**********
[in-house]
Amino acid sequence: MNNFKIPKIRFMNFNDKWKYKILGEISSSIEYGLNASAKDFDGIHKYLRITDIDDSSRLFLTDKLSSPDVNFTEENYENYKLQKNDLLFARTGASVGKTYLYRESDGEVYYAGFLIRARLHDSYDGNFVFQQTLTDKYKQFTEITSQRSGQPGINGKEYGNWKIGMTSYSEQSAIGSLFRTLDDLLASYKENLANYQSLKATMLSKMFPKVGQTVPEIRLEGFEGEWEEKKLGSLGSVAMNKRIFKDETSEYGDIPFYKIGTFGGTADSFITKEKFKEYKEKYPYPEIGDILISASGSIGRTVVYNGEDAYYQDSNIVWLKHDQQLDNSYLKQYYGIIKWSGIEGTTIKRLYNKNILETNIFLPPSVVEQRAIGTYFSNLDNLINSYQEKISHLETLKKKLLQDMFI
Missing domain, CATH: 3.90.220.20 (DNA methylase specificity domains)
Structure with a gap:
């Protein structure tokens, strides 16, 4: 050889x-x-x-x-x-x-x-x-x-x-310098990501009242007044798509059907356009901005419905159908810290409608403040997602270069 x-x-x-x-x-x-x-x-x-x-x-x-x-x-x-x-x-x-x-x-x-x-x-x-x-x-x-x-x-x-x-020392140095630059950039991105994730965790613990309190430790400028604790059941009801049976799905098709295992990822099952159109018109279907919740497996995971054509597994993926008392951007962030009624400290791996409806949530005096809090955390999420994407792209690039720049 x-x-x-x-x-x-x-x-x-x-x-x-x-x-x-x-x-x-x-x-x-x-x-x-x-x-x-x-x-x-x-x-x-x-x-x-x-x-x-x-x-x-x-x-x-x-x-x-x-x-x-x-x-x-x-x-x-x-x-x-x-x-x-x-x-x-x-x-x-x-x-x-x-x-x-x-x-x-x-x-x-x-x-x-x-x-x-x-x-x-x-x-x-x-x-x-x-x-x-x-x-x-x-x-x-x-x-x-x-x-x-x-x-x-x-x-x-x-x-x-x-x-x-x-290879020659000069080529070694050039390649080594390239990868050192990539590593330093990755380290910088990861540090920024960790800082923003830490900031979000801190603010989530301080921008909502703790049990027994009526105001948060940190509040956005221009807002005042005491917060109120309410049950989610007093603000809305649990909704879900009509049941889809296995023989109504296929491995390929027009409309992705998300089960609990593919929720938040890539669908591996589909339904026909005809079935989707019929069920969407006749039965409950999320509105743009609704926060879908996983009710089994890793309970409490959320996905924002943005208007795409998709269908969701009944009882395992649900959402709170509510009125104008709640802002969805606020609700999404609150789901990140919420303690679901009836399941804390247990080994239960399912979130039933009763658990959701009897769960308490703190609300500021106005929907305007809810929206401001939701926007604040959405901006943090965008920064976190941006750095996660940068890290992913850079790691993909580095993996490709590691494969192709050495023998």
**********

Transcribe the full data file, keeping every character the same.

[in-house]
Amino acid sequence: MNNFKIPKIRFMNFNDKWKYKILGEISSSIEYGLNASAKDFDGIHKYLRITDIDDSSRLFLTDKLSSPDVNFTEENYENYKLQKNDLLFARTGASVGKTYLYRESDGEVYYAGFLIRARLHDSYDGNFVFQQTLTDKYKQFTEITSQRSGQPGINGKEYGNWKIGMTSYSEQSAIGSLFRTLDDLLASYKENLANYQSLKATMLSKMFPKVGQTVPEIRLEGFEGEWEEKKLGSLGSVAMNKRIFKDETSEYGDIPFYKIGTFGGTADSFITKEKFKEYKEKYPYPEIGDILISASGSIGRTVVYNGEDAYYQDSNIVWLKHDQQLDNSYLKQYYGIIKWSGIEGTTIKRLYNKNILETNIFLPPSVVEQRAIGTYFSNLDNLINSYQEKISHLETLKKKLLQDMFI
Missing domain, CATH: 3.90.220.20 (DNA methylase specificity domains)
Structure with a gap:
């Protein structure tokens, strides 16, 4: 050889x-x-x-x-x-x-x-x-x-x-310098990501009242007044798509059907356009901005419905159908810290409608403040997602270069 x-x-x-x-x-x-x-x-x-x-x-x-x-x-x-x-x-x-x-x-x-x-x-x-x-x-x-x-x-x-x-020392140095630059950039991105994730965790613990309190430790400028604790059941009801049976799905098709295992990822099952159109018109279907919740497996995971054509597994993926008392951007962030009624400290791996409806949530005096809090955390999420994407792209690039720049 x-x-x-x-x-x-x-x-x-x-x-x-x-x-x-x-x-x-x-x-x-x-x-x-x-x-x-x-x-x-x-x-x-x-x-x-x-x-x-x-x-x-x-x-x-x-x-x-x-x-x-x-x-x-x-x-x-x-x-x-x-x-x-x-x-x-x-x-x-x-x-x-x-x-x-x-x-x-x-x-x-x-x-x-x-x-x-x-x-x-x-x-x-x-x-x-x-x-x-x-x-x-x-x-x-x-x-x-x-x-x-x-x-x-x-x-x-x-x-x-x-x-x-x-290879020659000069080529070694050039390649080594390239990868050192990539590593330093990755380290910088990861540090920024960790800082923003830490900031979000801190603010989530301080921008909502703790049990027994009526105001948060940190509040956005221009807002005042005491917060109120309410049950989610007093603000809305649990909704879900009509049941889809296995023989109504296929491995390929027009409309992705998300089960609990593919929720938040890539669908591996589909339904026909005809079935989707019929069920969407006749039965409950999320509105743009609704926060879908996983009710089994890793309970409490959320996905924002943005208007795409998709269908969701009944009882395992649900959402709170509510009125104008709640802002969805606020609700999404609150789901990140919420303690679901009836399941804390247990080994239960399912979130039933009763658990959701009897769960308490703190609300500021106005929907305007809810929206401001939701926007604040959405901006943090965008920064976190941006750095996660940068890290992913850079790691993909580095993996490709590691494969192709050495023998």